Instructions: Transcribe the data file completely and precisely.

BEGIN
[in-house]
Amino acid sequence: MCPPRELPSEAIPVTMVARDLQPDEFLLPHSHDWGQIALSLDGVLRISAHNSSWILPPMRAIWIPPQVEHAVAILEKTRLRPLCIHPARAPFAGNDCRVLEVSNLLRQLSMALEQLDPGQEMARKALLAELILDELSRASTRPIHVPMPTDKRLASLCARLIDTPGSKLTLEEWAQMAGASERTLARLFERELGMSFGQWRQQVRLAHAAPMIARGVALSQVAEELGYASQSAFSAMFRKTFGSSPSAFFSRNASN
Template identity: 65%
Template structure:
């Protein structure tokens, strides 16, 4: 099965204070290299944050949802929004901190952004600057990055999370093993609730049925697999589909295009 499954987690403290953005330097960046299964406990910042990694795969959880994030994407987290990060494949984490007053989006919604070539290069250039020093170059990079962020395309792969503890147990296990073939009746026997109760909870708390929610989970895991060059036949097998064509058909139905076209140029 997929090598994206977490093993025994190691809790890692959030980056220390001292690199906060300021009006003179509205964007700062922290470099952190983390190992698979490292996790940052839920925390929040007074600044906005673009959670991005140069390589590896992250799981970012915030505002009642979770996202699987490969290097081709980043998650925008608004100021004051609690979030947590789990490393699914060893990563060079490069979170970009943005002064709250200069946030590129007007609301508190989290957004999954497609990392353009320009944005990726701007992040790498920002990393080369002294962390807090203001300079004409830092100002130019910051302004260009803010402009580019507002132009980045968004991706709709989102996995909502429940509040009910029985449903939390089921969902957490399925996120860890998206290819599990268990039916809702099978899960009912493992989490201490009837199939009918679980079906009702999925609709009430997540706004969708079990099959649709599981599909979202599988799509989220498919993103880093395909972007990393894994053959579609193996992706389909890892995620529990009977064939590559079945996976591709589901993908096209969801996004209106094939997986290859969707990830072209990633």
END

[in-house]
Amino acid sequence: MCPPRELPSEAIPVTMVARDLQPDEFLLPHSHDWGQIALSLDGVLRISAHNSSWILPPMRAIWIPPQVEHAVAILEKTRLRPLCIHPARAPFAGNDCRVLEVSNLLRQLSMALEQLDPGQEMARKALLAELILDELSRASTRPIHVPMPTDKRLASLCARLIDTPGSKLTLEEWAQMAGASERTLARLFERELGMSFGQWRQQVRLAHAAPMIARGVALSQVAEELGYASQSAFSAMFRKTFGSSPSAFFSRNASN
Template identity: 65%
Template structure:
């Protein structure tokens, strides 16, 4: 099965204070290299944050949802929004901190952004600057990055999370093993609730049925697999589909295009 499954987690403290953005330097960046299964406990910042990694795969959880994030994407987290990060494949984490007053989006919604070539290069250039020093170059990079962020395309792969503890147990296990073939009746026997109760909870708390929610989970895991060059036949097998064509058909139905076209140029 997929090598994206977490093993025994190691809790890692959030980056220390001292690199906060300021009006003179509205964007700062922290470099952190983390190992698979490292996790940052839920925390929040007074600044906005673009959670991005140069390589590896992250799981970012915030505002009642979770996202699987490969290097081709980043998650925008608004100021004051609690979030947590789990490393699914060893990563060079490069979170970009943005002064709250200069946030590129007007609301508190989290957004999954497609990392353009320009944005990726701007992040790498920002990393080369002294962390807090203001300079004409830092100002130019910051302004260009803010402009580019507002132009980045968004991706709709989102996995909502429940509040009910029985449903939390089921969902957490399925996120860890998206290819599990268990039916809702099978899960009912493992989490201490009837199939009918679980079906009702999925609709009430997540706004969708079990099959649709599981599909979202599988799509989220498919993103880093395909972007990393894994053959579609193996992706389909890892995620529990009977064939590559079945996976591709589901993908096209969801996004209106094939997986290859969707990830072209990633």